With another Fed funds rate announcement due, today, 28 October, market uncertainty in anticipation of a rates hike “lift-off” is rising. Today’s GEO looks at the implications of a rates increase for the US dollar and the dynamics the Fed’s indecision to commit to a “lift-off” date.
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Mon 26 October
New Zealand Trade Balance (actual:-1222M expected:-822M previous:-1079M)
Tue 27 October
UK Prelim GDP (actual:0.5% expected:0.6% previous:0.7%)
US Consumer Confidence (actual:97.6 expected:102.5 previous:102.6)
Wed 28 October
Australia CPI q/q (actual:0.5% expected:0.7% previous:0.7%)
Fed Funds Rate
Thu 29 October
US Unemployment Claims (expected:264K previous:259K)
Fri 30 October
Bank of Japan Monetary Policy Statement
Canada GDP m/m (expected:0.1% previous:0.3%)
The uncertainty being created by the Fed’s delay in announcing the inevitable rates hike is causing market behavior to become cautious. We examine the effects on markets and the US dollar going forward.
The first thing to understand about global finance during the past 7 years is the dynamic of money flow that was initiated by the Fed’s zero interest rate policy (ZIRP) and quantitative easing (QE) programs introduced after the 2008 credit crisis.
QE, or “money printing” by the Fed had the effect of devaluing the US dollar because as money supply is inflated each unit of currency is worth less and less as the pool of money in circulation grows. So, investors do not want to hold US dollars while the currency is being actively devalued, and many chose to convert the dollars to stable foreign currencies, to gold, and to stocks.
ZIRP means that holding currency in a bank deposit or even a money market account yields zero percent growth. The net effect of depositing US dollars in a US bank account during the 2008 to 2014 period would have been a loss on those dollar funds as they were being devalued (by QE) faster than the near-zero interest rate (<0.25%) could yield growth.
The popular strategy of large institutional investors and shadow banks was to create mutual funds that invested US dollars in Emerging Market stocks and commodities.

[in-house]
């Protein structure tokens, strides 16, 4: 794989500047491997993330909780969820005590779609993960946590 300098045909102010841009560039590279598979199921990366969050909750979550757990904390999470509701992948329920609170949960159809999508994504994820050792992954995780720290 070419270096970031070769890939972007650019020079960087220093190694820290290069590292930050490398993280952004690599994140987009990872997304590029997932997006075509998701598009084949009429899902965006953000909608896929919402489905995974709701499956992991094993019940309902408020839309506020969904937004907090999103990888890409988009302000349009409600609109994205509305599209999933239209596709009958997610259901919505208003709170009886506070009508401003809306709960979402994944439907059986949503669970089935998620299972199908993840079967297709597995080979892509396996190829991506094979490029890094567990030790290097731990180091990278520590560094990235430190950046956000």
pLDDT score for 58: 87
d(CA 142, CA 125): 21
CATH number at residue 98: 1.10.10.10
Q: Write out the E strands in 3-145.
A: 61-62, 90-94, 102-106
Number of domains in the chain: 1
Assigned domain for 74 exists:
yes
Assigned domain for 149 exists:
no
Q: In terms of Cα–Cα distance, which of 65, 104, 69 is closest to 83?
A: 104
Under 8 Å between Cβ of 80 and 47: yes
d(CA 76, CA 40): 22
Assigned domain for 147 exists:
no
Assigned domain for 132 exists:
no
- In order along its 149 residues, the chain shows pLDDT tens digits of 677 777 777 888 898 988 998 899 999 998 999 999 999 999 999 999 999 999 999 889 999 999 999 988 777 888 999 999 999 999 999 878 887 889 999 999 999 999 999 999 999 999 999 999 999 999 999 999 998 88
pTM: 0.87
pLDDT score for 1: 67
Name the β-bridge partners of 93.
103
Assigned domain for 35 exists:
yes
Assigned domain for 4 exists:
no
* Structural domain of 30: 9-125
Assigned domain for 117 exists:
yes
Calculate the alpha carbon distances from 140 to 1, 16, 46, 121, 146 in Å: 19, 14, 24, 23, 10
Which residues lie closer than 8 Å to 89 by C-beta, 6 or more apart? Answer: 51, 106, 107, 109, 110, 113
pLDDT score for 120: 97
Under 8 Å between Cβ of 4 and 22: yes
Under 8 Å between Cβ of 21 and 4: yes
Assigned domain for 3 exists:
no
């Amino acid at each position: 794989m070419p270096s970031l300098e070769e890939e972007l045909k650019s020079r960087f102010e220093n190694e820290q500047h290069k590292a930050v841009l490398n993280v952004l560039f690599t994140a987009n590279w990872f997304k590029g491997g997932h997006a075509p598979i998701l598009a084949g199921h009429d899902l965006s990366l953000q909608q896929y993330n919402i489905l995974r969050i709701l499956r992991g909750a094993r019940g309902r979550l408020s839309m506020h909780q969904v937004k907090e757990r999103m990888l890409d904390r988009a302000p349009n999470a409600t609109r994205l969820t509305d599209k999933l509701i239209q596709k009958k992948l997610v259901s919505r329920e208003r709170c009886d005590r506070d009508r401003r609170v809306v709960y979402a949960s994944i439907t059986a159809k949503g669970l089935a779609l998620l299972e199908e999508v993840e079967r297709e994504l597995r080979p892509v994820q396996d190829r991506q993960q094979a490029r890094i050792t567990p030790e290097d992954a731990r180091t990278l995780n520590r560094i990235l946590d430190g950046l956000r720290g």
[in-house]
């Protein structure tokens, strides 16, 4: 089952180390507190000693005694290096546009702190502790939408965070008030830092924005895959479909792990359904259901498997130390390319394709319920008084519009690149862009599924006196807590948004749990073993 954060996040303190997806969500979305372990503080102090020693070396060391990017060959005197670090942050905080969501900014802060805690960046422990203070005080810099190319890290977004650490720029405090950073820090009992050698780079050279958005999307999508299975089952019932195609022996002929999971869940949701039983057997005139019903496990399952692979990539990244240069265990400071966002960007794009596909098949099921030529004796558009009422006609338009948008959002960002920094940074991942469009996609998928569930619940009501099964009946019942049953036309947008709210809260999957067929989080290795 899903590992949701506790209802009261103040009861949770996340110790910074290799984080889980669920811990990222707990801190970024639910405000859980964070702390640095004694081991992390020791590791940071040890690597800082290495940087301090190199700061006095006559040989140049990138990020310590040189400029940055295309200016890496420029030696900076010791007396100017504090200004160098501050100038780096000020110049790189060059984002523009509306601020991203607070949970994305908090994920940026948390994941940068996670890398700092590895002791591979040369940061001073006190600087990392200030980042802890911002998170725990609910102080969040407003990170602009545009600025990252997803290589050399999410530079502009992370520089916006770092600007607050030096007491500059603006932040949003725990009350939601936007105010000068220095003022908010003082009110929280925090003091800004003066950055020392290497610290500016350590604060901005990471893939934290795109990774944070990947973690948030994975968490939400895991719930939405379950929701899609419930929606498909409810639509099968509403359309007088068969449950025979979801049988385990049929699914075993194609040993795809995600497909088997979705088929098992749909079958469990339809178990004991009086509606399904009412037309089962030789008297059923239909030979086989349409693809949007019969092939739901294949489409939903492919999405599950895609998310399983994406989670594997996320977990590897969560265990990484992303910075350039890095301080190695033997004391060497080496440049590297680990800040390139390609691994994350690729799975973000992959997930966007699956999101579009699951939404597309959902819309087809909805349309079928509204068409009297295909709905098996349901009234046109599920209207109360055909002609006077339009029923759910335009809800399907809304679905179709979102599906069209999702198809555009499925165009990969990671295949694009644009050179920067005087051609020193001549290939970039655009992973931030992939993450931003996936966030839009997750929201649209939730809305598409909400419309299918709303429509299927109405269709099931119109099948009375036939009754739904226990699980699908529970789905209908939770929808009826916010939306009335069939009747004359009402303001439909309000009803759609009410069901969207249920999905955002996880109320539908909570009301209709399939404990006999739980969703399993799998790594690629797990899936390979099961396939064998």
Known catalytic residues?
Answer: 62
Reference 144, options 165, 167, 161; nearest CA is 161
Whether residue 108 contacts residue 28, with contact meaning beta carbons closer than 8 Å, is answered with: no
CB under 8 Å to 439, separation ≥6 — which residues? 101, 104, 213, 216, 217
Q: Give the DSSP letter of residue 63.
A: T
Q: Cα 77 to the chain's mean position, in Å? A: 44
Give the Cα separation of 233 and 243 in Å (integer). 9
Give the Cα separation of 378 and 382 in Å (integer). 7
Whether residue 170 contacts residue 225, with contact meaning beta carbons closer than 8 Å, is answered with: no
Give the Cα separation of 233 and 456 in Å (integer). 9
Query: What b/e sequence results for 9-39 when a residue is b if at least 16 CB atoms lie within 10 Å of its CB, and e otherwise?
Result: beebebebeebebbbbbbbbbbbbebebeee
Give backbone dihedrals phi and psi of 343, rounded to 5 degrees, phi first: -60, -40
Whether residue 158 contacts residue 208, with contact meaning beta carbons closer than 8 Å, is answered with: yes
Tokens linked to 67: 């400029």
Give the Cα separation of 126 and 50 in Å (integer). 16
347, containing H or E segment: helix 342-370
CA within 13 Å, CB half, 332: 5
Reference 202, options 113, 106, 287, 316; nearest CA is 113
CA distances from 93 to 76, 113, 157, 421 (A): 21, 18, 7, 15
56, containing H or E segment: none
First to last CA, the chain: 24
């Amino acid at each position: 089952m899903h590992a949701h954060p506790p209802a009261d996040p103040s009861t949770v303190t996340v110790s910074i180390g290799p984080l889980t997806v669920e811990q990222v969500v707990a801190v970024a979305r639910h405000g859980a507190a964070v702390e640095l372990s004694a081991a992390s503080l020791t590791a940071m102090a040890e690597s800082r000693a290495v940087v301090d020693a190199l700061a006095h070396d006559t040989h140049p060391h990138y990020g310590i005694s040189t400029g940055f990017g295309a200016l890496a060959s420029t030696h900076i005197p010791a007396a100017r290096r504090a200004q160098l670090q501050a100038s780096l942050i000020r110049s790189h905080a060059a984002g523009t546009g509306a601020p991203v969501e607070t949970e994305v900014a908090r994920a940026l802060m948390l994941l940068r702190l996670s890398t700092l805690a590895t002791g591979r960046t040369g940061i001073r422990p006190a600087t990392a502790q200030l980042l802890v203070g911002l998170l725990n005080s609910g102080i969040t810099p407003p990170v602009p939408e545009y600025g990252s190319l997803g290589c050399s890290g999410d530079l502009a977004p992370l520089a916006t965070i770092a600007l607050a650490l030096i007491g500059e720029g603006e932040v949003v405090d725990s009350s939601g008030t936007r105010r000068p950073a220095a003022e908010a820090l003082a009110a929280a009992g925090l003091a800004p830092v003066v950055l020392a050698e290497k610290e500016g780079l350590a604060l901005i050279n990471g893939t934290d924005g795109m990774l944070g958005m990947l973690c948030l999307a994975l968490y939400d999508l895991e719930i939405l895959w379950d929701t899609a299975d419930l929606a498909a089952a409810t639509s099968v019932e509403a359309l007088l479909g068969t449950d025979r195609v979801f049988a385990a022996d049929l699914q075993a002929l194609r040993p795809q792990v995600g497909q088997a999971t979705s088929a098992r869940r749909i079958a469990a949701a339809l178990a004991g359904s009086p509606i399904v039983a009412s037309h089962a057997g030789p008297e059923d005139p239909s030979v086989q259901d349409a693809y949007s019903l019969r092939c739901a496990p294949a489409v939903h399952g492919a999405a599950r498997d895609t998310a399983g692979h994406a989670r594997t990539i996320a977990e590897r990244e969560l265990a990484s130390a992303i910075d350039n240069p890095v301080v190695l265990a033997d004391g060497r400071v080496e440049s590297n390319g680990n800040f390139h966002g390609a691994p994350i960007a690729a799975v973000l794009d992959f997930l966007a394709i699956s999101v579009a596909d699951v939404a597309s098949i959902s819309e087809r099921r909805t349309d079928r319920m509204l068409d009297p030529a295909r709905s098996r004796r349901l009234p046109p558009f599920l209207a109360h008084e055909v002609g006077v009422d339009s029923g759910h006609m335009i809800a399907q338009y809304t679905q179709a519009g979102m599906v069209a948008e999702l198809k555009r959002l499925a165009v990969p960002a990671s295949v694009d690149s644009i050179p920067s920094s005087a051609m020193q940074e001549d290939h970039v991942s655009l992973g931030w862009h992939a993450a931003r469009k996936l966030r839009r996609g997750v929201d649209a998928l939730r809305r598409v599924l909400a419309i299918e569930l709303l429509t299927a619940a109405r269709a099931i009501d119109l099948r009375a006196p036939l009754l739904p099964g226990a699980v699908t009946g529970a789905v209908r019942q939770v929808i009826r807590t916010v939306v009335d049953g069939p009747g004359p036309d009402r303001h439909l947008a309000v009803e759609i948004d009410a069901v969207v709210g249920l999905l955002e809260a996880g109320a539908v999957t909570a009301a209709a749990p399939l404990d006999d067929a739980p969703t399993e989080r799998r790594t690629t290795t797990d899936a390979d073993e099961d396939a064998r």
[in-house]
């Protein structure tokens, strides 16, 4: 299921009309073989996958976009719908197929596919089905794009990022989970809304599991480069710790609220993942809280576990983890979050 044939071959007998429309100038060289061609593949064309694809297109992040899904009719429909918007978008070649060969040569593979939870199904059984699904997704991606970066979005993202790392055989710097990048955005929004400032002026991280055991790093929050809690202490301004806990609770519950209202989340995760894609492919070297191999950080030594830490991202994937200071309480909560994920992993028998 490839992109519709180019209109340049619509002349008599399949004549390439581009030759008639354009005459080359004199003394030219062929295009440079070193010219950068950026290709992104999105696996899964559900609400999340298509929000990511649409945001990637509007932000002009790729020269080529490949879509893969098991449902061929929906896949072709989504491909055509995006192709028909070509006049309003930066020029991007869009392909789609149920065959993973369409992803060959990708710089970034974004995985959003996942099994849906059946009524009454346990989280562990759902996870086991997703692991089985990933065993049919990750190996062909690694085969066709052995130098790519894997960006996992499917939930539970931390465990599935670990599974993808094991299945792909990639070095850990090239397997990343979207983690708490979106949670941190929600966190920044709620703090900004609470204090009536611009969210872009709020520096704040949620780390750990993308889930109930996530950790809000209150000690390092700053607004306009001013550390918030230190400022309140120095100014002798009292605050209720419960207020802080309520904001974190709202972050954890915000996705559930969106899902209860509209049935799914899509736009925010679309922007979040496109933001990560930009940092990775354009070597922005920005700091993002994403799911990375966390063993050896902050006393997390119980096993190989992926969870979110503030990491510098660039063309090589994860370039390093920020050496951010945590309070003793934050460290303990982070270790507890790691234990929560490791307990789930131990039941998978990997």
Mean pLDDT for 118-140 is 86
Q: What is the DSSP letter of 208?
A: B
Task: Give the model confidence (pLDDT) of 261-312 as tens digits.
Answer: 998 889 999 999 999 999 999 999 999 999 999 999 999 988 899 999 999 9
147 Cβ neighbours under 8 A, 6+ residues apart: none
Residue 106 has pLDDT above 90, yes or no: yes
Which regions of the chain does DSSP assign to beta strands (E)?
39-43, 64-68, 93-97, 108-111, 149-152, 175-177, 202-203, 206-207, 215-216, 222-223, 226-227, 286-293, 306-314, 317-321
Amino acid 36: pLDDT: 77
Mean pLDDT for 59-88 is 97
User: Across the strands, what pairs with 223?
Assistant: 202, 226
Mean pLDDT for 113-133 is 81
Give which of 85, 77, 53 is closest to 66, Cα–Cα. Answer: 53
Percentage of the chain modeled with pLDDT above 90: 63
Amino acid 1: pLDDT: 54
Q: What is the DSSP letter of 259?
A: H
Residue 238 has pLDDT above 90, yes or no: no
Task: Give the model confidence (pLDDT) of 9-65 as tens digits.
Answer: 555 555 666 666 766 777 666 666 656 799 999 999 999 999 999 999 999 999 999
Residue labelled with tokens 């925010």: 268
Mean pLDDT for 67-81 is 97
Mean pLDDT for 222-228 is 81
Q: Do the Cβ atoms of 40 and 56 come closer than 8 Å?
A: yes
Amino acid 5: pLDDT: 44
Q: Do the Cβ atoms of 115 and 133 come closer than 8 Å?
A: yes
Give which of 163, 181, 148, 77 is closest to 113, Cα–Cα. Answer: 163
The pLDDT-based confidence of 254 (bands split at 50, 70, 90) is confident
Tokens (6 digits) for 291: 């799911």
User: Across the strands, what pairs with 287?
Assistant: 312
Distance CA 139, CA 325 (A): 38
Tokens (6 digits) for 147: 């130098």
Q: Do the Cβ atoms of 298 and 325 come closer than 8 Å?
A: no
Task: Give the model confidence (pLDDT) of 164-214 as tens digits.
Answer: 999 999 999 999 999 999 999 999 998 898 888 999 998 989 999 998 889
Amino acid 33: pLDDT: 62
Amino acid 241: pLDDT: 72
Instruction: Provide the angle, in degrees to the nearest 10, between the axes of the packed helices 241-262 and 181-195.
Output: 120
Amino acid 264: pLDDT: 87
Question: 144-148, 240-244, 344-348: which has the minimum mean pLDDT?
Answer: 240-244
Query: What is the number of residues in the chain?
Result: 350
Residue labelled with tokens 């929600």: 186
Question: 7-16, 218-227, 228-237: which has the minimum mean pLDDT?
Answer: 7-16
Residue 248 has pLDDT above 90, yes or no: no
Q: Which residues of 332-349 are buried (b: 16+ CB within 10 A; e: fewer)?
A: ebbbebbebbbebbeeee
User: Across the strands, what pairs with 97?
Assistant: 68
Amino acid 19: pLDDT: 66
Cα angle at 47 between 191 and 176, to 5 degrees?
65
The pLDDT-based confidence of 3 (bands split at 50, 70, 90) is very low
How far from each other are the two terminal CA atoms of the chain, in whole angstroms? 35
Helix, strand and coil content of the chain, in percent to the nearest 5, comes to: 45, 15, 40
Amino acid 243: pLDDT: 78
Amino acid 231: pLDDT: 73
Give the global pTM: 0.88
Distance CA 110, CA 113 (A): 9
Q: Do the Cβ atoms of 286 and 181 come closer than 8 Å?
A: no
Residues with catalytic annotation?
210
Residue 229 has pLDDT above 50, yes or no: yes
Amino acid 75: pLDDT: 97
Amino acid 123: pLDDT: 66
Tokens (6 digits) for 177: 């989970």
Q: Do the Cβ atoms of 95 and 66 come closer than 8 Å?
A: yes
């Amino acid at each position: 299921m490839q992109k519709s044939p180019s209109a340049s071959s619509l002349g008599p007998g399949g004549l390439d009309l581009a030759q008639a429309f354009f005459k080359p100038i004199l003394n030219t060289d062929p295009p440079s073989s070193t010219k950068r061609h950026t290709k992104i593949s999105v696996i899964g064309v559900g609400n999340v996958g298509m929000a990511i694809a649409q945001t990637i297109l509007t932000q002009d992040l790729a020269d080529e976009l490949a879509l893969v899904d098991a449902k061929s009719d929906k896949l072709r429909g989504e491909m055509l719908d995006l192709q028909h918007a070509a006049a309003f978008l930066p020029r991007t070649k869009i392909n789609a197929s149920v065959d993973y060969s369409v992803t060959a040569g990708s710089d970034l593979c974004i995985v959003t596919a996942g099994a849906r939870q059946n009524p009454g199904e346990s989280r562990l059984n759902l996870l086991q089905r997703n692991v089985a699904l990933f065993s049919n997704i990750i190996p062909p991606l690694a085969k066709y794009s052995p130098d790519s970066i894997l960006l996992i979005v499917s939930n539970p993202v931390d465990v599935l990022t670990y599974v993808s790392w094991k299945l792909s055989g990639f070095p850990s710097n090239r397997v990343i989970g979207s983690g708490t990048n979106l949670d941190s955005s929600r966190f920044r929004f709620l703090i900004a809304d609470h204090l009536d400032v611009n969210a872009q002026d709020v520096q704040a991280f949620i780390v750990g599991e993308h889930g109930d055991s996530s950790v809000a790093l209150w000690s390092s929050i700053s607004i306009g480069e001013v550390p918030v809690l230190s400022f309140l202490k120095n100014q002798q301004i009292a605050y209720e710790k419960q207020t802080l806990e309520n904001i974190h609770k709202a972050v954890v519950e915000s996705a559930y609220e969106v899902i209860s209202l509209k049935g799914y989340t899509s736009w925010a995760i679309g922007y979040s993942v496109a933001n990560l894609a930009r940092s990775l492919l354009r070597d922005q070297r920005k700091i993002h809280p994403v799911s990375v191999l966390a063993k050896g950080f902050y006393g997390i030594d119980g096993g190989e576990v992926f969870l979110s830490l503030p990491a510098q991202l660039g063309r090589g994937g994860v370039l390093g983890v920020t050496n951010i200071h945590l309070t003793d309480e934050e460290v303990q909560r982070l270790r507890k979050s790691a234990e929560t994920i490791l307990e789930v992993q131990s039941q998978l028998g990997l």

The value of the dollars was, therefore, transferred to developing nation stocks and commodities and the process spurred developing nation economic growth which, in a feedback cycle, generated generous yield for foreign investors.
Inevitably, the Fed “tapered” QE and finally halted the QE program at the end of 2013. With the US dollar no longer being actively devalued investors were able to take profit on their emerging market investments, converting the value back to USD and repatriating their dollars.
The effect was an outflow of investment from the developing economies and an inflow of US dollars to the US economy, thereby strengthening the currency. This is the “money flow” in action.
As a result of money flowing back into the US economy, during 2014, the value of the USD surged while developing nation economies suffered the consequences of disinvestment.
The dynamic became headline news in mid-2015 when slowing growth in China prompted US investment funds to take handsome profits on their China-based investments, sending the Shanghai Composite Index plummeting and leaving domestics investors holding the empty bag.
Ordinary working Chinese people thought their stock market advance was fueled by China growth. Of course, it was to some extent, but when the growth faltered (as it always does, and when you least expect it) it became evident who the largest buyers were and that money flow, initiated by Fed QE and ZIRP, had been blowing the stock market bubble all along.
With the proposal of an interest rate increase from near-zero coming to the fore in Fed communication during 2015, the market is forced to adjust to a new reality. Cheap credit will disappear, emerging markets may enter economic recessions, and US dollar strength is expected to increase as higher interest rates encourage foreign money to flow into higher yielding US investments.
The prospects are clear, but the start date of this new era is uncertain. Investors – large institutions – are positioning in anticipation of the renewed USD strength, but until the Fed announces the “lift-off” date, their positioning is precarious and at risk. Hence, there is a lot of hedging taking place in the market, as uncertainty and risk are prolonged by the Fed’s perceived indecision.
Popular hedges include gold, bonds and commodity currencies such as the Australian dollar, Canadian dollar, and developing market currencies. Conceivably, once the Fed fires the starter gun, the hedges will be cut, and value will flow back into the US dollar, sending it on a spectacular rally for the immediate future.
From the price charts, it is evident that, in its role as a commodity currency, bitcoin is also being used as a hedge and “safe haven”. While the market remains uncertain and subject to perceived Fed “indecision,” bitcoin (fundamental considerations aside) should continue rallying.
The irony of the current market condition is that the “lift-off” indecision is only a showpiece. The Fed is, in fact, already raising rates…
A quote from Senator Palpatine, I mean, Larry Summers:
[Outflows] means more and more downwards pressure on those [emerging-market] interest rates; means more and more upwards pressure on [or weakening of] those currencies; means more and more disinflationary and deflationary pressure; means more and more tendency, because of lost competitiveness, towards reductions in demand, and towards increases in supply.
Image from Shutterstock.
Last modified (UTC): October 28, 2015 12:47